Despite the many promises made by the PTI, before coming to power, that it would retain all national assets such as giant corporations like Pakistan Steel Mills and PIA under the wings of the government and keep them as assets for the nation, this plan has changed. Before the 2018 election, and after it, Prime Minister Imran Khan and Asad Umar, who was the finance minister at that time, had said they planned to follow a scheme, similar to that implemented in Malaysia, Singapore and other countries – under which failing public-sector enterprises would be restructured and placed under new management without any loss of jobs, so that they could be made more efficient and no longer act as a drain on the national exchequer.

It appears that after two years, the government has failed in these efforts. Instead, it has now decided to move ahead with privatisation even though this means a massive loss of jobs at a time when the Covid-19 pandemic has badly hit livelihood and it would be impossible for workers who are sacked to acquire new jobs, even if they have some compensation in hand to live on for some period of time. A few days ago, the government announced that 4500 of the Pakistan Steel Mills workers were being sent home, including workers at the middle level and assistants, secretaries and others involved with the largest industry in the country. It is somewhat ironic that this decision has been taken with no reference to the promises made in the past.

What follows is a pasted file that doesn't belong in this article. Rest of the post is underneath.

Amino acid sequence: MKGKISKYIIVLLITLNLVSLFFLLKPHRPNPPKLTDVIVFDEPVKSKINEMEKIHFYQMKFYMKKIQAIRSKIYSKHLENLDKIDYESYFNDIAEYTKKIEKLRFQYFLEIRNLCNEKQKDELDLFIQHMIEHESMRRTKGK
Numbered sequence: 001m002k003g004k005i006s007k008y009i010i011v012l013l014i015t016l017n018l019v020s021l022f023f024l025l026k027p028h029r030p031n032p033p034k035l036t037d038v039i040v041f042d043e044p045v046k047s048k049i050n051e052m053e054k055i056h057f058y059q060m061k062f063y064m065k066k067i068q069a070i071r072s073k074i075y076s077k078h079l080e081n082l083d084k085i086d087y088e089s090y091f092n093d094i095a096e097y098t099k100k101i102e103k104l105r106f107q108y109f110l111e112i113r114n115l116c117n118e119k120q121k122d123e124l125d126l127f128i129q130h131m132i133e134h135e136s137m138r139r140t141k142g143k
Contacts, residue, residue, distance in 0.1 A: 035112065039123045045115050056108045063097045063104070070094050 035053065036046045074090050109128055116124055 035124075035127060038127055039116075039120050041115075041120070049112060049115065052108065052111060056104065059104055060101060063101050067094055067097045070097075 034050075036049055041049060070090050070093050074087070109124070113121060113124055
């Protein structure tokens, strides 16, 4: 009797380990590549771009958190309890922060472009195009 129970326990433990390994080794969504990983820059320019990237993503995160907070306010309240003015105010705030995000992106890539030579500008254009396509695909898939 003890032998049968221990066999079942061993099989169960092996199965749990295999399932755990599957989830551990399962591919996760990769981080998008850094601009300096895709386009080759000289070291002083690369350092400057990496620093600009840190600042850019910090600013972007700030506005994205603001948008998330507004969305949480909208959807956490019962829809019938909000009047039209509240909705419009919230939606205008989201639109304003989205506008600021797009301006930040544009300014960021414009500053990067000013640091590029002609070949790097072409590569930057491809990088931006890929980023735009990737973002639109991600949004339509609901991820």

There had been hope that the PTI government would succeed in managing these organisations and preventing the sale of national assets. However, it seems Pakistan is left in a worse situation than before with nothing in hand, should there be a further requirement to save the country economically. Apart from the PSM, it is also expected that PIA will face job losses very soon, followed by possible privatisation. The decision taken by the European Air Safety Union to continue its bar on flights from PIA flying into Europe, after the aviation minister had announced that most pilots held false licences, has worsened the situation for the airline. There are other examples of mismanagement and failure. It is also true that even while workers are laid off from these giant public corporations, soft loans have been offered to the private sector to prevent losses and to keep these entities functioning. It is obvious that there has been a failure on a massive scale. Worse still, the government has not spoken out openly about the broken promises. And we may be moving towards the privatisation of these national assets, leaving Pakistan with less in its coffers.